I have written elsewhere that the attribute that most distinguishes human beings from other animals is their consciousness – not only can they think but they are aware of their thinking. This allows the development of what is called the “concept of mind” such that we can imagine others have the same capacity.
Biologists and psychologists have often been tempted to attribute this capability to other animals but without much success. Mostly the attempts at such attribution have centred on other primates. Often such attempts seem to be coloured by a natural inclination to anthropomorphize animals that are close to us. It would be fair to say however that the average two year old human displays more capability in this regard than any non-human animal ever has.
The problem is exacerbated by the fact that many zoological studies in recent decades have tried to show how human-like animals sometimes seem. As a result we have down played how special humans are. Jesse Bering, the Director of the Institute of Cognition and Culture at Queens University Belfast and expert in evolutionary psychology writes:
“There’s indeed no clear evidence that any primate species but our own possesses anything remotely resembling a theory of mind. And although the jury is still out on whether we’re entirely unique in being able to conceptualise unobservable mental states – chimps may well have some degree of theory of mind that eludes all but the most sensitive experiments – there’s absolutely no question that we’re uniquely good at it in the whole animal kingdom. We are exquisitely attuned to the unseen psychological world. Theory of mind is as much a trademark of our species as is walking upright on two legs, learning a language, and raising our offspring into their teens.”
Now one of the attendant problems this concept of mind brings is the concept of intentionality.
Philosopher Daniel Dennett describes what he calls the “intentional stance”.
“The intentional stance is the strategy of interpreting the behaviour of an entity (person, animal, artefact, whatever) by treating it as if it were a rational agent who governed its ‘choice’ of ‘action’ by a consideration of its ‘beliefs’ and ‘desires’ ……… the basic strategy of the intentional stance is to treat the entity in question as an agent, in order to predict – and thereby explain in one sense – its actions or moves.”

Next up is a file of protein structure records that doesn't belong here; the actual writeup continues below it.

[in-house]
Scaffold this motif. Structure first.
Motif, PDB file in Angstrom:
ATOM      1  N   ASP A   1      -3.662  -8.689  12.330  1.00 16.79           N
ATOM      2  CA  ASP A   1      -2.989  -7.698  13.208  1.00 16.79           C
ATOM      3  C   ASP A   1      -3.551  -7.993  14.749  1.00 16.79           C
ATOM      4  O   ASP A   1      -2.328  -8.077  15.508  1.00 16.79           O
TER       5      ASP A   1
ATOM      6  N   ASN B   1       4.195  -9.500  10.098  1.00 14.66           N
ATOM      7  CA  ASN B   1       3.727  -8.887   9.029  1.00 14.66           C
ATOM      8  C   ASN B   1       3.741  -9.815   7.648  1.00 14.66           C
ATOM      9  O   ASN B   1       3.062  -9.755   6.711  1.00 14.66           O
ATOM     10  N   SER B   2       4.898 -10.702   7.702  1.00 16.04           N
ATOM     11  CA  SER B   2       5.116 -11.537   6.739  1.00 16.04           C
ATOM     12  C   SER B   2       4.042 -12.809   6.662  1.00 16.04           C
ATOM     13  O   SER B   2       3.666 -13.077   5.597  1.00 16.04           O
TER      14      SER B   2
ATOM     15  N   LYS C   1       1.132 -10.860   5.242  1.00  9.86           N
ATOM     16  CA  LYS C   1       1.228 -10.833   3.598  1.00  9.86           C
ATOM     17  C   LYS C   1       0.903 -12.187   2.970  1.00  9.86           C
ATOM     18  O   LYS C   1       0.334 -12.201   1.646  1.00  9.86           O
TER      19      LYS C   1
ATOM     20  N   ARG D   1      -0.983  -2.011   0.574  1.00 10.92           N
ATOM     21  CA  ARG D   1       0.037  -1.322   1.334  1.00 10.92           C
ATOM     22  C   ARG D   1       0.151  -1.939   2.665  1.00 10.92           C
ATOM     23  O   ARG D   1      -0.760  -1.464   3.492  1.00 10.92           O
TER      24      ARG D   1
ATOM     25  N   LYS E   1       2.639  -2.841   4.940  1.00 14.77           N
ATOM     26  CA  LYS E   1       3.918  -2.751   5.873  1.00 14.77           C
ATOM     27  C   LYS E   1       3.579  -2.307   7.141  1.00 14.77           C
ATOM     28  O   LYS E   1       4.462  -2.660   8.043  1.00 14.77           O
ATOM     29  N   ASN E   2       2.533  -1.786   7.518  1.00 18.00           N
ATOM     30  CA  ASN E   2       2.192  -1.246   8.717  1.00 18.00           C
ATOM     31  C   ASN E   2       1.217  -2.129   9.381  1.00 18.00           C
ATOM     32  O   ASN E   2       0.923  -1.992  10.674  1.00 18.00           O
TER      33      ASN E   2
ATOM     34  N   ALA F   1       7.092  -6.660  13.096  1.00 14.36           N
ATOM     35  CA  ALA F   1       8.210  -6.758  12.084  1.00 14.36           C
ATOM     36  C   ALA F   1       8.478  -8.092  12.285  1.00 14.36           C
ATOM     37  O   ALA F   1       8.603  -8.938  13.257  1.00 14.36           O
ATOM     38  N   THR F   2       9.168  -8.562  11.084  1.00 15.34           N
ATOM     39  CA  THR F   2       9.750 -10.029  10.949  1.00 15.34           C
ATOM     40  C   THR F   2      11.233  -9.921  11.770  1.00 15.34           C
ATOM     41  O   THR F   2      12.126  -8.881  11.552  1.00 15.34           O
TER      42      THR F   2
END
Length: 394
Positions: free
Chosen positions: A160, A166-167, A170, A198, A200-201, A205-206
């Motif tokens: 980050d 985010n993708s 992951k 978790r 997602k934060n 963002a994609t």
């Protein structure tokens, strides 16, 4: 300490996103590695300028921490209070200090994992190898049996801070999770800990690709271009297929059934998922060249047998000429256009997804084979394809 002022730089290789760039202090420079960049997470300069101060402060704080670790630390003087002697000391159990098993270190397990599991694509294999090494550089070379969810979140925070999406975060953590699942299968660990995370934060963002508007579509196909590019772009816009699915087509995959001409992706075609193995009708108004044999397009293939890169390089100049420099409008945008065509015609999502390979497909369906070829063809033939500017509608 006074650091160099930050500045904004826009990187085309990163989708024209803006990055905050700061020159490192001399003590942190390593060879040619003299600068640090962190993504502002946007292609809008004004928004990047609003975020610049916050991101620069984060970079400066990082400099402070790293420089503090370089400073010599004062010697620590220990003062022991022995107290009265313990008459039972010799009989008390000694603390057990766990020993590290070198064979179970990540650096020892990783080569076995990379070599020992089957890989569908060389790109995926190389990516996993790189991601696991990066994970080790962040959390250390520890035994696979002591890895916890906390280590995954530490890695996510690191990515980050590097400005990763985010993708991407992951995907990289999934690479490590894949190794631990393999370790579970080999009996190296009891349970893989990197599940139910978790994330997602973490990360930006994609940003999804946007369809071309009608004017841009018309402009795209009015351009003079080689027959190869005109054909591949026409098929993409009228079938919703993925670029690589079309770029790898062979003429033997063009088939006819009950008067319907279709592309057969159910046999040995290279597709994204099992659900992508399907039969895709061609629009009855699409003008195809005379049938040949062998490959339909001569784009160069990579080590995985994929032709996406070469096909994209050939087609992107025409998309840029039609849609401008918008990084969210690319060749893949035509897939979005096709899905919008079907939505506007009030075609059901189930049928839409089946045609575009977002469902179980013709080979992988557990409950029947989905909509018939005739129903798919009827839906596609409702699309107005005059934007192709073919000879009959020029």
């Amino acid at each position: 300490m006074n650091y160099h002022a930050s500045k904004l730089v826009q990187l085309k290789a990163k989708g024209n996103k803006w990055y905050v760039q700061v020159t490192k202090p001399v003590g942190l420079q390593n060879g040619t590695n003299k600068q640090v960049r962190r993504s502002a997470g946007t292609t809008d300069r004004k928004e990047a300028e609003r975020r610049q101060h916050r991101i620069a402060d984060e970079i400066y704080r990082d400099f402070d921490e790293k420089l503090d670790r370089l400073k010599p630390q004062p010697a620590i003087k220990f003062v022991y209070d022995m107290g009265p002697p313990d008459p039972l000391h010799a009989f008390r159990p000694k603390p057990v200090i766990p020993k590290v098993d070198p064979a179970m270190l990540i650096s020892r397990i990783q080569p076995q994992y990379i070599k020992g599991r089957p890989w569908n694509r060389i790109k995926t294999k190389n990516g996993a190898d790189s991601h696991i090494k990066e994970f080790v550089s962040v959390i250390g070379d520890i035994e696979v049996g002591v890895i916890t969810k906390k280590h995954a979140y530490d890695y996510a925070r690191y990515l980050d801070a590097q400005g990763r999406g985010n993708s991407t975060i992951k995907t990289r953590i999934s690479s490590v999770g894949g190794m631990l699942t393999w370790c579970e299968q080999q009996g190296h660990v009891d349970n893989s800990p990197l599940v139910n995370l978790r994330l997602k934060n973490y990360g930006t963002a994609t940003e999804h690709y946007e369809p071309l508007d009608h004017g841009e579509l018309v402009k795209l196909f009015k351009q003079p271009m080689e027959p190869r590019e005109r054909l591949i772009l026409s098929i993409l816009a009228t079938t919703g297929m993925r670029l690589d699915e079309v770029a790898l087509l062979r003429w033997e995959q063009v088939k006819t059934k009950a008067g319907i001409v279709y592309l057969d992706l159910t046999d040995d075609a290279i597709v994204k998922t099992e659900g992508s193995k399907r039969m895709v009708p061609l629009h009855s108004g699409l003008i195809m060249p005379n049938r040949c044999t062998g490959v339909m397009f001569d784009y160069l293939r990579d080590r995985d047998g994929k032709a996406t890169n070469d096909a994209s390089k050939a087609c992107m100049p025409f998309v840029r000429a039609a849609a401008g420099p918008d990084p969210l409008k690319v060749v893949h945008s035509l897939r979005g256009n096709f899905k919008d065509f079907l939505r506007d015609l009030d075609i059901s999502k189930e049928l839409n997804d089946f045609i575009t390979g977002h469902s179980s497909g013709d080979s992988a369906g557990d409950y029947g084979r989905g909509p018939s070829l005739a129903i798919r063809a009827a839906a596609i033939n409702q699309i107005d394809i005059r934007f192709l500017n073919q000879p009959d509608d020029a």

However we have previously seen that human behaviour is largely driven by biological history and social conditioning and could hardly ever be described as a logical and conscious choice of an individual. We have also seen how this assumption about intent is a severe impediment to productive human relationships.
Human beings are however, very prone to extend our theory of mind to inappropriate applications. Among the agents we tend to imbue with intentionality are animals, machines, Nature and our various deities. We can’t help but see intentions, desires and beliefs not only in other human beings but in other things that haven’t a smidgeon of a neural system to generate the psychological states we mistakenly perceive. (My wife used to regale me with stories of her father who used to kick the car when it wouldn’t start. The car was obviously being cantankerous and needed punishment for its obstinacy!)
Bering also reports of research by developmental psychologists which indicates that babies but a few months old mistakenly imply intentions to inanimate objects. We seem therefore to be genetically disposed to this particular error.
“So it would appear that having a theory of mind was so useful for our ancestors in explaining and predicting other people’s behaviours that it has completely flooded our evolved social brains. As a result we overshoot our mental-state attributions to things that are, in reality, completely mindless.”